Media Mentions

Banks Must Prove They Give a Dam

Thursday, November 26, 2009
Opinion piece published in The Sydney Morning Herald and The Age Given the role banks played in the global financial crisis, it is reasonable to expect they would understand the need to demonstrate their ethics with transparency. No longer is it reasonable to assume shareholders and customers will simply accept a "trust us, we have good policies" response. But this is exactly the response of ANZ when it comes to the Theun-Hinboun Expansion Project - a dam and diversion project under construction in central Laos. This huge project is a hydro-electric scheme, with power being sold across the bor

No fanfare for China's Three Gorges Dam

Tuesday, November 3, 2009
Originally published in the United Press International BEIJING, Nov. 3 (UPI) -- As the water level in the reservoir on the Yangtze River approaches its final height of 175 meters, criticism of China's Three Gorges Dam continues. The completion of Three Gorges is being met with little fanfare, unlike the elaborate celebrations Beijing staged 12 years ago to mark the diversion of the Yangtze on the spot of the future massive dam, Inter Press Service reports. In China, critics are saying filling of the dam is worsening the drought already affecting the Yangtze's delta. And Chi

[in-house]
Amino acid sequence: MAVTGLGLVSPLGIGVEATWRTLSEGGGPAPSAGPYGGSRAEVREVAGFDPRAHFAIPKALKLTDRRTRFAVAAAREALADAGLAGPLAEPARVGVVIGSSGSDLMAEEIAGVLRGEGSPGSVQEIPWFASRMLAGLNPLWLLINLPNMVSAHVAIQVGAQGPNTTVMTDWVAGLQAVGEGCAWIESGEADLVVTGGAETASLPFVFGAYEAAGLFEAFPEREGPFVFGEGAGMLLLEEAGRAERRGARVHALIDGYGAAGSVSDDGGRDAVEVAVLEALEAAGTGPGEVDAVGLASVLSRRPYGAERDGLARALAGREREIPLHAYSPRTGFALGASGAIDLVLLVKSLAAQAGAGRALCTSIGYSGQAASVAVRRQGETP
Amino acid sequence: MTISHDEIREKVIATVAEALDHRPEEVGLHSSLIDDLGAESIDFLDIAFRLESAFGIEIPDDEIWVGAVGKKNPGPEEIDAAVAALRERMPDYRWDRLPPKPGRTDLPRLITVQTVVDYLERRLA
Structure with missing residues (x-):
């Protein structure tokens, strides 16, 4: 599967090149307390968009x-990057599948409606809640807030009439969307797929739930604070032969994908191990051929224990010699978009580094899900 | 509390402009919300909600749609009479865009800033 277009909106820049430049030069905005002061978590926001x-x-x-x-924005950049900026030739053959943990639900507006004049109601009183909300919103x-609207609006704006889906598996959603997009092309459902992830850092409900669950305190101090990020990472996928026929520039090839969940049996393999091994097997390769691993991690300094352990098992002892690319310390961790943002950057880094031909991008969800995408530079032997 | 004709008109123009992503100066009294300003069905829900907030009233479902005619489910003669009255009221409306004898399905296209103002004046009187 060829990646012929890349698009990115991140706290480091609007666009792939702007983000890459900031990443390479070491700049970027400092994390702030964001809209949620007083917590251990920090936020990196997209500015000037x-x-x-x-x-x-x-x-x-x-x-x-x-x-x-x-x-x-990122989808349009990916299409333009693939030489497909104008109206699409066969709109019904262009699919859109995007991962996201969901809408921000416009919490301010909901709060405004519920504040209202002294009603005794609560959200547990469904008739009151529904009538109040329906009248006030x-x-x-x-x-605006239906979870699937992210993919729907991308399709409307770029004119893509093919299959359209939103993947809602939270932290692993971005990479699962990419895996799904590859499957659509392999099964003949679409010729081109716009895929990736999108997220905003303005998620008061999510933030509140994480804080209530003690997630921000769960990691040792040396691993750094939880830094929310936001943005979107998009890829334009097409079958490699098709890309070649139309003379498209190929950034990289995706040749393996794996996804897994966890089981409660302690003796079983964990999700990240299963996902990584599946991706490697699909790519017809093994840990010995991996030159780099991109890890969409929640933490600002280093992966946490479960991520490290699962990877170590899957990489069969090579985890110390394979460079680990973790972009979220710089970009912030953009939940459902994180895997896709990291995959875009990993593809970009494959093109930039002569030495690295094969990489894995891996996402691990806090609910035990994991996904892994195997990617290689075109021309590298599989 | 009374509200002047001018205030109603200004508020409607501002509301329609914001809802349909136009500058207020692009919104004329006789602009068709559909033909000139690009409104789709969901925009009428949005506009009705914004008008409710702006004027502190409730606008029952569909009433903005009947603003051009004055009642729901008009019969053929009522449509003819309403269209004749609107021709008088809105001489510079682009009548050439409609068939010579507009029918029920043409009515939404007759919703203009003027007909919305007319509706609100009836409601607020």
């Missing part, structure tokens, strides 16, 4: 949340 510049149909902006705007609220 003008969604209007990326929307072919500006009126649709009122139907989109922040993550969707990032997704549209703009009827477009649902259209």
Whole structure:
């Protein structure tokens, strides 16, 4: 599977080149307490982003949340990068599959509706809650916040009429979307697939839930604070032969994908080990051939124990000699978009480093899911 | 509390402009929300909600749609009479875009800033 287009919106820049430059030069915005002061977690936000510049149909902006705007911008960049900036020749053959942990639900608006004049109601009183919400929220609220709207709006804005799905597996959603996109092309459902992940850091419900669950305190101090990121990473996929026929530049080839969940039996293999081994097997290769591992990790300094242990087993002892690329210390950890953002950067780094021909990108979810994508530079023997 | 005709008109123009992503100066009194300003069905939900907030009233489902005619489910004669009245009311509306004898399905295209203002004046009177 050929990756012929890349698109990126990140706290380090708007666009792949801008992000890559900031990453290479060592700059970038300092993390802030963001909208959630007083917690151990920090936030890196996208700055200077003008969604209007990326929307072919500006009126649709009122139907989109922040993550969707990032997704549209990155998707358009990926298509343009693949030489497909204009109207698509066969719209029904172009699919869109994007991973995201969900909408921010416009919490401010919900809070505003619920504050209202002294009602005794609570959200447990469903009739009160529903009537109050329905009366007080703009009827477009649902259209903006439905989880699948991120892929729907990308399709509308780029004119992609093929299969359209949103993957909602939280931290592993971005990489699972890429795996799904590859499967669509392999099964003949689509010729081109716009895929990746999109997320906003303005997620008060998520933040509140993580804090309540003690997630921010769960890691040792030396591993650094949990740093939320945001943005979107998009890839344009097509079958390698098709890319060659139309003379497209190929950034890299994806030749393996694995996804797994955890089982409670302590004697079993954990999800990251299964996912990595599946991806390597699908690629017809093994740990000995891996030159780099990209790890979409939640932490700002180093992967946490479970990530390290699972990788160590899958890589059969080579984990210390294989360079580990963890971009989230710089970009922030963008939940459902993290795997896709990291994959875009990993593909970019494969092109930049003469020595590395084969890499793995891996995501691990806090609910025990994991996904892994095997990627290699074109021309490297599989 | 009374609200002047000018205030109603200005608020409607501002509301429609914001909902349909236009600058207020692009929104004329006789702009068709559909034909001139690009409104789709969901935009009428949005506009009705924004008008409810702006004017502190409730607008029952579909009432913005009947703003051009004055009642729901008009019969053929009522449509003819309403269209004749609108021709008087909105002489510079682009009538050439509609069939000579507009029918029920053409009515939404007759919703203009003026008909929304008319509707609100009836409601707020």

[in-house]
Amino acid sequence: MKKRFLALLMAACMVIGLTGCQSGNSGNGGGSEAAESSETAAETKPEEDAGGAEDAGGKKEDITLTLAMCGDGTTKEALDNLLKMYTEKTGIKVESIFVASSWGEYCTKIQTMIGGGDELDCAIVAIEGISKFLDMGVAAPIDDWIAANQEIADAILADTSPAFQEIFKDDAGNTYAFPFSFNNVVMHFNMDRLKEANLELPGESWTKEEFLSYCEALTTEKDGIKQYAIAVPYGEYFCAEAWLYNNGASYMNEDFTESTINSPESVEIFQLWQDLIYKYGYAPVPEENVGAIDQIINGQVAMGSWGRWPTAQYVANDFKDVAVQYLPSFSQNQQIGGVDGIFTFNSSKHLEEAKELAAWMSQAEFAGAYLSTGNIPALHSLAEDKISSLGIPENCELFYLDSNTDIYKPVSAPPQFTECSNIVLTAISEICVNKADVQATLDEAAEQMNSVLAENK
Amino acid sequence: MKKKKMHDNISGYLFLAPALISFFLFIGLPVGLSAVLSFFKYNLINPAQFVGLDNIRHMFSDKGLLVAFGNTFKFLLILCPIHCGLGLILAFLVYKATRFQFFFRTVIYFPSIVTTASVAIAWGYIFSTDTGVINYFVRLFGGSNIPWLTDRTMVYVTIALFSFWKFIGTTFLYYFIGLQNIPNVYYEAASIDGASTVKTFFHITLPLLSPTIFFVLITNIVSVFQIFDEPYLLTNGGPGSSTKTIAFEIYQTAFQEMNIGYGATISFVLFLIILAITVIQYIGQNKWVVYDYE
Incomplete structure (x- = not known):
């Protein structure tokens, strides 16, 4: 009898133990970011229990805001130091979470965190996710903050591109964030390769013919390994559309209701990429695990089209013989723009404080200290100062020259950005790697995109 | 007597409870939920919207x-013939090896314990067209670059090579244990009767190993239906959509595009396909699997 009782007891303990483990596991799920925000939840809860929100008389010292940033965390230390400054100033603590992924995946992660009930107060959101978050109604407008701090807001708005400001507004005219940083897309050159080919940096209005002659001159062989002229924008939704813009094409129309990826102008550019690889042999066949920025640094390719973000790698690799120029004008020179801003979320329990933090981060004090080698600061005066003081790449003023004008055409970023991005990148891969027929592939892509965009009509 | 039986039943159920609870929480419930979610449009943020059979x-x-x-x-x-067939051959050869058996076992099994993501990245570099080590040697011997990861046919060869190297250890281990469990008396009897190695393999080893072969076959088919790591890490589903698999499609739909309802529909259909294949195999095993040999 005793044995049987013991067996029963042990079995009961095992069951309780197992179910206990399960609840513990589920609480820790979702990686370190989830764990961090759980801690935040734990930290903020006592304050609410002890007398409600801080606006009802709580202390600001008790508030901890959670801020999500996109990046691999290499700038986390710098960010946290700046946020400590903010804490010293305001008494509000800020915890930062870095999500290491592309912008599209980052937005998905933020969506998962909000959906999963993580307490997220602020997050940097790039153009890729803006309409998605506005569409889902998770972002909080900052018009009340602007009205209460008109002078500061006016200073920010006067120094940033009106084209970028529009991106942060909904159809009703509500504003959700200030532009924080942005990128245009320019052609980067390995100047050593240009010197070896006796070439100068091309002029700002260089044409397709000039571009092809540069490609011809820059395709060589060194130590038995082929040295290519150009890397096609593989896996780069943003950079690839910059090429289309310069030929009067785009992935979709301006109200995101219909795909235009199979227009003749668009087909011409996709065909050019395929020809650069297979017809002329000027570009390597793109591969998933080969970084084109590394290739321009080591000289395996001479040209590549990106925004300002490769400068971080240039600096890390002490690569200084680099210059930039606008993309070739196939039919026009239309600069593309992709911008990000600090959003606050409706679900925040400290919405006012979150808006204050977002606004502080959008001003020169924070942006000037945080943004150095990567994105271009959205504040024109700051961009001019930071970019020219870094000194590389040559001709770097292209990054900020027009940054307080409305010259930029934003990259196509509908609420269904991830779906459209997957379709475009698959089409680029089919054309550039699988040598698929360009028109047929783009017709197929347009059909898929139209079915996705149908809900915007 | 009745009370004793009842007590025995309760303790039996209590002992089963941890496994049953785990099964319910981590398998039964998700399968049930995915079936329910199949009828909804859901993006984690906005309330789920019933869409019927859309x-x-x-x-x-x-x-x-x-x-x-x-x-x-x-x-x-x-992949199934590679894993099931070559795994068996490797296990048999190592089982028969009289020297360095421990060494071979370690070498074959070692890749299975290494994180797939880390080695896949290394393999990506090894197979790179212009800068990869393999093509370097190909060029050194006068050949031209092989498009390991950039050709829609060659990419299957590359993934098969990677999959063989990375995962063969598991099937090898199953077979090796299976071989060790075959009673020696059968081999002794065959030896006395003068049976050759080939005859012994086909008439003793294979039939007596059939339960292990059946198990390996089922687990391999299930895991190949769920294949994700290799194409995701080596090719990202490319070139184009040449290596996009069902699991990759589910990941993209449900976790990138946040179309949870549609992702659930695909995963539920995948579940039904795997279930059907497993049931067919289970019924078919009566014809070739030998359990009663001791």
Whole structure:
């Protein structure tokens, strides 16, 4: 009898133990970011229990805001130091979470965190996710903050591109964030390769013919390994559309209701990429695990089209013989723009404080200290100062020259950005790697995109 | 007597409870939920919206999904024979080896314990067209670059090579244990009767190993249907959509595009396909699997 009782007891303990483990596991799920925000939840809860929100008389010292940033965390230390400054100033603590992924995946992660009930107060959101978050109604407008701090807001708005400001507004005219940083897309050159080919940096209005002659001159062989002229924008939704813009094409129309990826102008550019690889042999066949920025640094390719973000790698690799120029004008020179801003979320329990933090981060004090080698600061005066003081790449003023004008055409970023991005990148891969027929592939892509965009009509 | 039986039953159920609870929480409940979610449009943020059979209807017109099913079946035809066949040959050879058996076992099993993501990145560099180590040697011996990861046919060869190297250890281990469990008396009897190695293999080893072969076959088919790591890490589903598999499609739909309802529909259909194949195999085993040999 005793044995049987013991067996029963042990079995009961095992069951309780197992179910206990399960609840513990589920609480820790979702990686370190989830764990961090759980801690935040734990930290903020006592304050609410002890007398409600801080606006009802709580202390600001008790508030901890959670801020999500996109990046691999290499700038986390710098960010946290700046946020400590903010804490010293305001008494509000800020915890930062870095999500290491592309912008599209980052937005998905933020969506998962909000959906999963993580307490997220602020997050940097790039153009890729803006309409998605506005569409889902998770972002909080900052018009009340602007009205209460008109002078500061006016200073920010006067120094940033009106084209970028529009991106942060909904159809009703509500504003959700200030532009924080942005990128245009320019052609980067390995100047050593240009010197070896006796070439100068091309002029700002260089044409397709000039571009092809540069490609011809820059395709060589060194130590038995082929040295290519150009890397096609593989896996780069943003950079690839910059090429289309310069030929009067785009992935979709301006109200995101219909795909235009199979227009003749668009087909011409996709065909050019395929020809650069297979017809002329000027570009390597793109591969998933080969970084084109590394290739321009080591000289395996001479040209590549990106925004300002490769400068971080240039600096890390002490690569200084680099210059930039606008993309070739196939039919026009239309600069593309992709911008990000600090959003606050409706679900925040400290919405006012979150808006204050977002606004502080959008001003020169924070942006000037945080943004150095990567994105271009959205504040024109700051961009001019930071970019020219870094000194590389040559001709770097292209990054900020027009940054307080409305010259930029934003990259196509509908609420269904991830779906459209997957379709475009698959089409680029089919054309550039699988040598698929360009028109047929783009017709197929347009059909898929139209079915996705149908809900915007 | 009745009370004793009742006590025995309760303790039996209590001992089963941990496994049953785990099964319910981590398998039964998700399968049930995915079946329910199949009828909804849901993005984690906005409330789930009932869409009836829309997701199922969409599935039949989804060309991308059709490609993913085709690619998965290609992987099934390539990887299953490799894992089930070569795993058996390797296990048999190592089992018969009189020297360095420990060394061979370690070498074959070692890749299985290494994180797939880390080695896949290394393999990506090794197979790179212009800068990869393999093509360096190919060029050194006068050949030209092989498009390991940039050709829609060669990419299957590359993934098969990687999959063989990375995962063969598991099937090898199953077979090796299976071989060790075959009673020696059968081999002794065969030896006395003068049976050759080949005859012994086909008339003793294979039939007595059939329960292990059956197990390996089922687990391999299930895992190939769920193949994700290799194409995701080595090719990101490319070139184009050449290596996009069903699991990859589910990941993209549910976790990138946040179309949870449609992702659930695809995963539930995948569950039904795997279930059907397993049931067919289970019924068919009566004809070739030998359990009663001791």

Three Gorges Water Plan Postponed

Thursday, November 5, 2009
Originally published in BBC News China has postponed a plan to raise the Three Gorges reservoir to its ideal height of 175 metres due to a lack of water, the firm running the dam said. There has been less water than expected flowing into the reservoir from the upper reaches of the Yangtze River. More water than anticipated has also been let out of the reservoir because of drought further down river. Filling the reservoir will mark the end of the multi-billion-dollar project that was started in 1993. Landslide fear China's Three Gorges Corporation began raising the level of the 660km-long (4

Tide of Opposition Swells as Largest Dam Nears Completion

Wednesday, November 4, 2009
Originally published by IPS in various news outlets BEIJING, Oct 30 (IPS) - Fifteen years after dynamite blasts first shattered the peace of China's breathtaking Three Gorges, the Three Gorges Dam-the pride of China's engineering progress-is nearing completion. But the cannonade of criticism bombarding the world's largest and costliest dam in history is far from over. In a matter of days the water level in the reservoir on the Yangtze River will reach its final height of 175 metres. With every metre of water filling the concrete coffer the swell of domestic opposition has increased and the voi

Living on Earth: The Battery of Southeast Asia

The Nam Theun River, Downstream of the Nam Theun 2 Dam - 2008 © Marcus Rhinelander
Friday, October 23, 2009
The Nam Theun River, Downstream of the Nam Theun 2 Dam - 2008 © Marcus Rhinelander Carl Middleton is interviewed about the Mekong river and Nam Theun 2 on "Living on Earth." Across Southeast Asia, hydroelectric dams are being planned and built along the biologically diverse Mekong River and its tributaries. In Laos, seven large dams are currently under construction, tapping much of the electricity for export to bring in needed revenue and development for the struggling nation. But environmental groups in the region oppose these big dams, calling them threats to Laos' amazing biodiversity.